For example, people might say, "It's important to build buildings because "der Rebbe vil binyanim!" (It always sounds better in Yiddish, even if the key word in the sentence is Hebrew.) Well, buddy, why, pray tell, does the Rebbe want buildings? Because buildings help you do shlichus. So, if you're on shlichus with limited resources, considerations such as "Der Rebbe vil binyanim" are only going to befuddle your decision—unless you think why the Rebbe wants binyanim!

If you think this is kefirah, then write back, and we'll settle things out.

Did you like his genius? Impassioned no doubt. Kefirah? Doubtful. My point was that sometimes we don't know what to do, and then the answer is to rely on the Rebbe, not on our own intellect. Sure, work as hard as you can to understand, but sometimes you just don't. Is this an excuse to not do what you have to do? Of course not. Is this an excuse to not try to figure it out? It's like the Bracha Shekahol. Shulchan Oruch says that this Bracha is said whenever you don't know the proper Bracha for something. But not because of your ignorance, that you haven't learned which Bracha to make, it's because you did learn and still don't know.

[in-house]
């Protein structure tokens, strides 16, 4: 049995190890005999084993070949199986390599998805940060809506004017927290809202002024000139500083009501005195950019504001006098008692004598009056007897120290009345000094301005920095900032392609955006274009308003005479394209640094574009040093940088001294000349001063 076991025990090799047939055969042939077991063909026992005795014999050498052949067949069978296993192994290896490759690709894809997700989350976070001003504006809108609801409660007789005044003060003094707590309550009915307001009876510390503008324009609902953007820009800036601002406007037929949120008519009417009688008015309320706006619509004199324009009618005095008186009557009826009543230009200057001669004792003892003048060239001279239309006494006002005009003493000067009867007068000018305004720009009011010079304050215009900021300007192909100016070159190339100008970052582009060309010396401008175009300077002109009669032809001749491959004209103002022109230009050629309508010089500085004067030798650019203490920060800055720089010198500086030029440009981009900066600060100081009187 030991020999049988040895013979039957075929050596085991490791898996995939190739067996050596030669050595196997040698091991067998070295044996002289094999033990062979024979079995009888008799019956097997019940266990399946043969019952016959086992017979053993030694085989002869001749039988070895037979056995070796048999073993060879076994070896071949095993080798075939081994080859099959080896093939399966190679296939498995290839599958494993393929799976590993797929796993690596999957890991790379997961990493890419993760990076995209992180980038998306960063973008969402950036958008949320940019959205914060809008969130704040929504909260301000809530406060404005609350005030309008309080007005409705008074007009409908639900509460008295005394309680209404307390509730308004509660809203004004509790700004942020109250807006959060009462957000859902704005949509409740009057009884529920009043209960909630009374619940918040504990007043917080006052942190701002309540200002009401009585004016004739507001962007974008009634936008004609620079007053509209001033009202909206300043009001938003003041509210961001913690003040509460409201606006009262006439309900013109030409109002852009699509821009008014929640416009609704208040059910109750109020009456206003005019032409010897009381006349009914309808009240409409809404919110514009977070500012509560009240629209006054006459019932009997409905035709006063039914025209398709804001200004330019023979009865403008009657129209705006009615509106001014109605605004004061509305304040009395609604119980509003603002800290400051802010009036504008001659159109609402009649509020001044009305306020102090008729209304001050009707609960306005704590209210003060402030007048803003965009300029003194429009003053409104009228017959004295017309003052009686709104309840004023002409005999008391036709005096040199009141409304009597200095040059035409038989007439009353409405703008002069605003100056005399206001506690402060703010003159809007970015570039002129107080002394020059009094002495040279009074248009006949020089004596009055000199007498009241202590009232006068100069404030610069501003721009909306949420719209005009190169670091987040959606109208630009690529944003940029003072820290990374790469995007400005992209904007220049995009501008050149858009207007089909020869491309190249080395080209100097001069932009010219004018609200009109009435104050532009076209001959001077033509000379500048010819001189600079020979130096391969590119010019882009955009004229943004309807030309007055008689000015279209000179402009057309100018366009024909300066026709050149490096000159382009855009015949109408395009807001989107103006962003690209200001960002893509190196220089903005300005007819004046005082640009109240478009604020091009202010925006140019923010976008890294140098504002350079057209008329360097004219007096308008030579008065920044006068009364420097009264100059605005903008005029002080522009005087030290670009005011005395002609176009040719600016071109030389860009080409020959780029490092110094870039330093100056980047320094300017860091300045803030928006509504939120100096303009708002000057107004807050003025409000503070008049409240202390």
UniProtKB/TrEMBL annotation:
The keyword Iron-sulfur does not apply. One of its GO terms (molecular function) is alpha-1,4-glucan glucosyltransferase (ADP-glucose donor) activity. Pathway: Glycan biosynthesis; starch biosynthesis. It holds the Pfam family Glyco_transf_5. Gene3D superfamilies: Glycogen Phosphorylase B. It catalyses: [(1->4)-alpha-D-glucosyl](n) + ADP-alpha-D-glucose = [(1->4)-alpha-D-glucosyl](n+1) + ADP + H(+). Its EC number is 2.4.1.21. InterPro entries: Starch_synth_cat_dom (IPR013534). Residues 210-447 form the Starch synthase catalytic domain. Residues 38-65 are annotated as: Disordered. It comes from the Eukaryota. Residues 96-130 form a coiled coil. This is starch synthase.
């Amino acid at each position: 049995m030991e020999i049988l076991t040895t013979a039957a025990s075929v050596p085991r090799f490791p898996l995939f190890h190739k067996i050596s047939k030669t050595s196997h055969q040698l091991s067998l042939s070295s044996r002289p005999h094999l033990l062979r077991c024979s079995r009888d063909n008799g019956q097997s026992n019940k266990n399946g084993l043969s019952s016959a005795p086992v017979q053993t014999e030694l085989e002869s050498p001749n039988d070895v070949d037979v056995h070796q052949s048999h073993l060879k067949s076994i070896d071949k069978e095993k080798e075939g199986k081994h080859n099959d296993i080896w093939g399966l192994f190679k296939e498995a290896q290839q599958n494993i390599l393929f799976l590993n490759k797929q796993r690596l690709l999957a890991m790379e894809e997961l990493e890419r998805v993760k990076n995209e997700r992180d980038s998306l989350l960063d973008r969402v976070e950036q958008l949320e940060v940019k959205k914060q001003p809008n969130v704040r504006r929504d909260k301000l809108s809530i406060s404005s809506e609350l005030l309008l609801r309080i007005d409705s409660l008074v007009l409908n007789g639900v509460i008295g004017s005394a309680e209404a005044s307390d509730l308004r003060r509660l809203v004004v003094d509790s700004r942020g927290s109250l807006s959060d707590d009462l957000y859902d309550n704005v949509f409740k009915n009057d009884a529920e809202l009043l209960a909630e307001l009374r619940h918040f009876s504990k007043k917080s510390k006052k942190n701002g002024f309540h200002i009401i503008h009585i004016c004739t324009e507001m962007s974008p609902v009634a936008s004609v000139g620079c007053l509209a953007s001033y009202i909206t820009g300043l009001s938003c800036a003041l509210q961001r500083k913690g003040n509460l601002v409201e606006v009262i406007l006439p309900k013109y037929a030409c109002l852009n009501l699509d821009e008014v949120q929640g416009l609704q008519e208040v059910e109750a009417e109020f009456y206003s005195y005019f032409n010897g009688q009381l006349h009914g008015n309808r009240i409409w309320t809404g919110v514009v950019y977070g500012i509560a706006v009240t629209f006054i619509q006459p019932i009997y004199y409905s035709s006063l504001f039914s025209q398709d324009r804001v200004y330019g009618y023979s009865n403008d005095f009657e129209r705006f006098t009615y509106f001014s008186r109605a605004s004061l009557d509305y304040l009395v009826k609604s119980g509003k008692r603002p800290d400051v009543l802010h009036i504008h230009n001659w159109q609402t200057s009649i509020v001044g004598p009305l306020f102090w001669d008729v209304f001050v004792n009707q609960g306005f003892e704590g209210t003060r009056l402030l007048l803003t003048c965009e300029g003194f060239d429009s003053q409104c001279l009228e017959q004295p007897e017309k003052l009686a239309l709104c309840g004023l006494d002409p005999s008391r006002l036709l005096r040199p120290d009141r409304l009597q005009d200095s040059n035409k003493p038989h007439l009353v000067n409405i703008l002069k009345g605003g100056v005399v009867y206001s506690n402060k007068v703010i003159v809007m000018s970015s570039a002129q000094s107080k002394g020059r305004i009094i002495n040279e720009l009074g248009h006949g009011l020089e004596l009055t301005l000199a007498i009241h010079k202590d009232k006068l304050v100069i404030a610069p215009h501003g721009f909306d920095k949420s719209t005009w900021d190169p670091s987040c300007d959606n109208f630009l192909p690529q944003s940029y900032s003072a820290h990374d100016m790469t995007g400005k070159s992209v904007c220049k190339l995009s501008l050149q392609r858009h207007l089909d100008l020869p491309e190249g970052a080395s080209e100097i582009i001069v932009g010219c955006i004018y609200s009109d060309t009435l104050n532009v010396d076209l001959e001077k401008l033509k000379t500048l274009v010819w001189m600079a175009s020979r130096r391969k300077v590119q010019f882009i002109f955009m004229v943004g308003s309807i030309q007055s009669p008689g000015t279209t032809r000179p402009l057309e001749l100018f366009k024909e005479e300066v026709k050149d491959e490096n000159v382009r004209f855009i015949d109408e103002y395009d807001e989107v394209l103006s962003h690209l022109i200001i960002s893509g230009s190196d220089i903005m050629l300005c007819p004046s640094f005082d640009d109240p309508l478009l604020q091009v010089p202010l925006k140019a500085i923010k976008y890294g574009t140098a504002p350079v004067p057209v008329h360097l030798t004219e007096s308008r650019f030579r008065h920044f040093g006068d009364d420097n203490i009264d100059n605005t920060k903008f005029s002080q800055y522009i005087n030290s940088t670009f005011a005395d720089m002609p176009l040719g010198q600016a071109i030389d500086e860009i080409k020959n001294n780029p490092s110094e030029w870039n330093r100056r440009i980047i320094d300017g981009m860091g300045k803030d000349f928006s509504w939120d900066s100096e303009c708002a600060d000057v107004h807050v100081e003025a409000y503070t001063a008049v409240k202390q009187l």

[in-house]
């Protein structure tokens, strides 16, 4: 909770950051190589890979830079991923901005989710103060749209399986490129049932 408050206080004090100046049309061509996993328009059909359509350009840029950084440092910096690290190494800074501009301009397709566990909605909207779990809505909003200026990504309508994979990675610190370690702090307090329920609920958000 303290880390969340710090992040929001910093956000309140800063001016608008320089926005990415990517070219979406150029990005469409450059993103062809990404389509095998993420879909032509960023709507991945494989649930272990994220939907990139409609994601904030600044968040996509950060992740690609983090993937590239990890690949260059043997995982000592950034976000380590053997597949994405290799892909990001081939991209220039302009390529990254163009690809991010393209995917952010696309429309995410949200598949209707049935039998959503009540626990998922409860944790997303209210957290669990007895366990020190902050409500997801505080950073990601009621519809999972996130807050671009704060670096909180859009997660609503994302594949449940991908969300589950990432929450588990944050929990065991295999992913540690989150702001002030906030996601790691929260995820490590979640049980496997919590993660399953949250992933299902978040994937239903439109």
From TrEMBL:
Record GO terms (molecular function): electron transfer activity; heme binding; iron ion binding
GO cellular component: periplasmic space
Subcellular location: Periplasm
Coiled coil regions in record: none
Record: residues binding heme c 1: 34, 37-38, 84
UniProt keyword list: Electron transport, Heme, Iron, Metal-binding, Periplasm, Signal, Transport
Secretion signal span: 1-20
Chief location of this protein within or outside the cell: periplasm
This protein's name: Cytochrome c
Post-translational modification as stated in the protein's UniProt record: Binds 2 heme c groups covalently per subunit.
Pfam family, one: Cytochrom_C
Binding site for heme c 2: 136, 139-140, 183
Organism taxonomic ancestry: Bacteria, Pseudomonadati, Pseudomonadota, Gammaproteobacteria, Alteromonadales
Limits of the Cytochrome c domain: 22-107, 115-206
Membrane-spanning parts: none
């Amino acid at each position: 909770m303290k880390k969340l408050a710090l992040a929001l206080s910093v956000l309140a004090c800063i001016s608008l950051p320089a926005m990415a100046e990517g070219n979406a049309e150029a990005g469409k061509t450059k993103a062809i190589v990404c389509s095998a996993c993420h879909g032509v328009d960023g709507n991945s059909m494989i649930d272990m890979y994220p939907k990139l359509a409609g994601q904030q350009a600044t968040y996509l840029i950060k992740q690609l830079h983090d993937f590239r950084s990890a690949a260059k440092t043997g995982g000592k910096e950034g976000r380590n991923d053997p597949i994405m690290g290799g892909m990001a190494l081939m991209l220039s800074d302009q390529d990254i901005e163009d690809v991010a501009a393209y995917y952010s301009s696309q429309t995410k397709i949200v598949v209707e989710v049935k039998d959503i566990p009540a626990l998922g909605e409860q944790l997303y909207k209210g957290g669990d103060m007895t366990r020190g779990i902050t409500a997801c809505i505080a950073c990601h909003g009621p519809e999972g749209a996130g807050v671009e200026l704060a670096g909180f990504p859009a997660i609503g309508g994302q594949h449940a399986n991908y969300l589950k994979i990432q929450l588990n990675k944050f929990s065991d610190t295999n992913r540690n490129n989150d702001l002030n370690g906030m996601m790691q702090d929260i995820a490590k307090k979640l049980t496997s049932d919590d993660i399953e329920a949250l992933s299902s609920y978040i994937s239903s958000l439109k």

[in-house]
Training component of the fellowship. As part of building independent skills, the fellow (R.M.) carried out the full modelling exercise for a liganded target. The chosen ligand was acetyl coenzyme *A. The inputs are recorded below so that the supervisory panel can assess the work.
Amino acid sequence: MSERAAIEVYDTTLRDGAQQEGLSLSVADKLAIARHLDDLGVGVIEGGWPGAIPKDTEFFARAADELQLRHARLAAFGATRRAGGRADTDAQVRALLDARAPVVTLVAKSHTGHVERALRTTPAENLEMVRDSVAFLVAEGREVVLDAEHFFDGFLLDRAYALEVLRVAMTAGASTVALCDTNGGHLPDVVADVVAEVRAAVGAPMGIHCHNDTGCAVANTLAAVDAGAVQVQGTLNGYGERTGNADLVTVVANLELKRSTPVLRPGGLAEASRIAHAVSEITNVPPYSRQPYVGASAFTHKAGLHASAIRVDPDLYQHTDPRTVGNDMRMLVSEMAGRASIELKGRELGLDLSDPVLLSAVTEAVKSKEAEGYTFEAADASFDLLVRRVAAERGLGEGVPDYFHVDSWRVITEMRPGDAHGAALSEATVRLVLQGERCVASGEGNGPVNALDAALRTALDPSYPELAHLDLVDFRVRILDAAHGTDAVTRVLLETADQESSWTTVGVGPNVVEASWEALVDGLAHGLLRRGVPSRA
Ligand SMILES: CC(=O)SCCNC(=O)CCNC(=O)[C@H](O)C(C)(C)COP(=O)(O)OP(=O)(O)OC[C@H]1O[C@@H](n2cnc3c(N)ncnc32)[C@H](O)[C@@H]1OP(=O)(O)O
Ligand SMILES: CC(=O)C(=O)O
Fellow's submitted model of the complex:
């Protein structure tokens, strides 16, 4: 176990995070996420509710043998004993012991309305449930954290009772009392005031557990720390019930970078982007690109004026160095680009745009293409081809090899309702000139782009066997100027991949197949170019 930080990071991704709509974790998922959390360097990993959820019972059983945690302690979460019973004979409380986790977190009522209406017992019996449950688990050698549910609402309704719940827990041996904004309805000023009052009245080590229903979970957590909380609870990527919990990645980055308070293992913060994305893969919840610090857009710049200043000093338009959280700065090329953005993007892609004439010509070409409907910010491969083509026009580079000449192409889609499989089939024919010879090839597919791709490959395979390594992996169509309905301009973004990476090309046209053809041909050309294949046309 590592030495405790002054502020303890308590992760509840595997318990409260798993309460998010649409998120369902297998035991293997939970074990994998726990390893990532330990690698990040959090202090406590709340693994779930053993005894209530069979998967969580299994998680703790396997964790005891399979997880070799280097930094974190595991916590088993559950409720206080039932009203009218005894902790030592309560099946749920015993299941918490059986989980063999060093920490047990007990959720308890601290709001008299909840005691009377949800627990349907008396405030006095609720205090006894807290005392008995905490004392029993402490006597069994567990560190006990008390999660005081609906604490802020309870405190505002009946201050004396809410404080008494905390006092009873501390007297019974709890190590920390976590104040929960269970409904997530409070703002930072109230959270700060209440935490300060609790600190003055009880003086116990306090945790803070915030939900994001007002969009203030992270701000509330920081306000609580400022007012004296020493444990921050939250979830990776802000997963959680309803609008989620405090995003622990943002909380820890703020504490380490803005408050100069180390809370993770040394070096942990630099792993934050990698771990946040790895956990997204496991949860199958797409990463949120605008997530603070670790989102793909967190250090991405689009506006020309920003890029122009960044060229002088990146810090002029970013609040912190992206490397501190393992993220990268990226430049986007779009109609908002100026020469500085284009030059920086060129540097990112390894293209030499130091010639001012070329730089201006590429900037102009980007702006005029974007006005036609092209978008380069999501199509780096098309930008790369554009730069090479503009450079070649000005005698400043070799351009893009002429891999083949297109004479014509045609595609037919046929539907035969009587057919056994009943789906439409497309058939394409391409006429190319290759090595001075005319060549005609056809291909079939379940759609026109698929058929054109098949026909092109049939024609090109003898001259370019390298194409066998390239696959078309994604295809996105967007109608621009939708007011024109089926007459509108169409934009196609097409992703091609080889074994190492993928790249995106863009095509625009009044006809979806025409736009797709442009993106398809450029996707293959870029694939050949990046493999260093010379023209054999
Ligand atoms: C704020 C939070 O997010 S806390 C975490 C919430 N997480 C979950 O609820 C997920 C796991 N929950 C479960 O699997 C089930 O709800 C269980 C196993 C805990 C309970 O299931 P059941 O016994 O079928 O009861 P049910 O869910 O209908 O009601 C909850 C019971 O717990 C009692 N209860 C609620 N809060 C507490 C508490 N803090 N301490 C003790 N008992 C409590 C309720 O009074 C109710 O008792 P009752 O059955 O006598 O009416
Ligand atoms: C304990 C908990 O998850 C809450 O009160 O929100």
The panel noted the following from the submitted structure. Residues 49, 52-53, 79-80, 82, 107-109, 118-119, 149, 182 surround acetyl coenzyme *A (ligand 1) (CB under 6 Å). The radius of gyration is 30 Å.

Tuesday, November 6, 2007

And now, presenting...

As I mentioned, we had a Farbrengen last night. It was the sort where a serious suggestion was made that we boil some potatoes, and I don't mean for Mashke. As usual, Rabbi Chayim Friedman was excellent. Soon I'm going to run out of words to describe him. But hey, he deserves every accolade he can get. Fortunately (or unfortunately, depending on your religion and/or liver) I was a bit inebriated, so my memories are clouded a bit by the happy Stratocumulus Perlucidus of lukewarm Smirnoff.
What is the whole Simcha of 25 Cheshvan about anyway? We're happy because the Rebbe was happy. The whole court case was a strange thing. The Rebbe was so involved, and thought it was so important. Some people suggested that it was perhaps not so very important-after all, it was just a bunch of old books. To these people the Rebbe was very sharp.
To reiterate, we're happy because the Rebbe is happy. Rabbi Perlstein of Chicago (AY's daddy) told of how he learned a Nigleh Sicha with a Misnaged, and it blew his mind. An hour later a Bochur in his Yeshiva told the Sicha over for the benefit of his fellow students, and they were like, "Oh, that's nice (yawn)". We just don't appreciate the genius of the Rebbe, and even more, don't care to find out. Even on a day like today, the only reason we can figure out to be happy is, "Oh, the Rebbe's happy? Me too!"
You've got to care. To care you've got to feel. To feel you've got to know. To know you've got to learn. And that's exactly where I'm headed.
Oh, and a quick Mazel Tov to Rabbi Mordechai Friedman, fearless leader of the Yeshiva High School of the Twin Cities, and all round good guy. Should there be an apostrophe there? Have I used that joke too many times in this blog already? Does anyone care either way?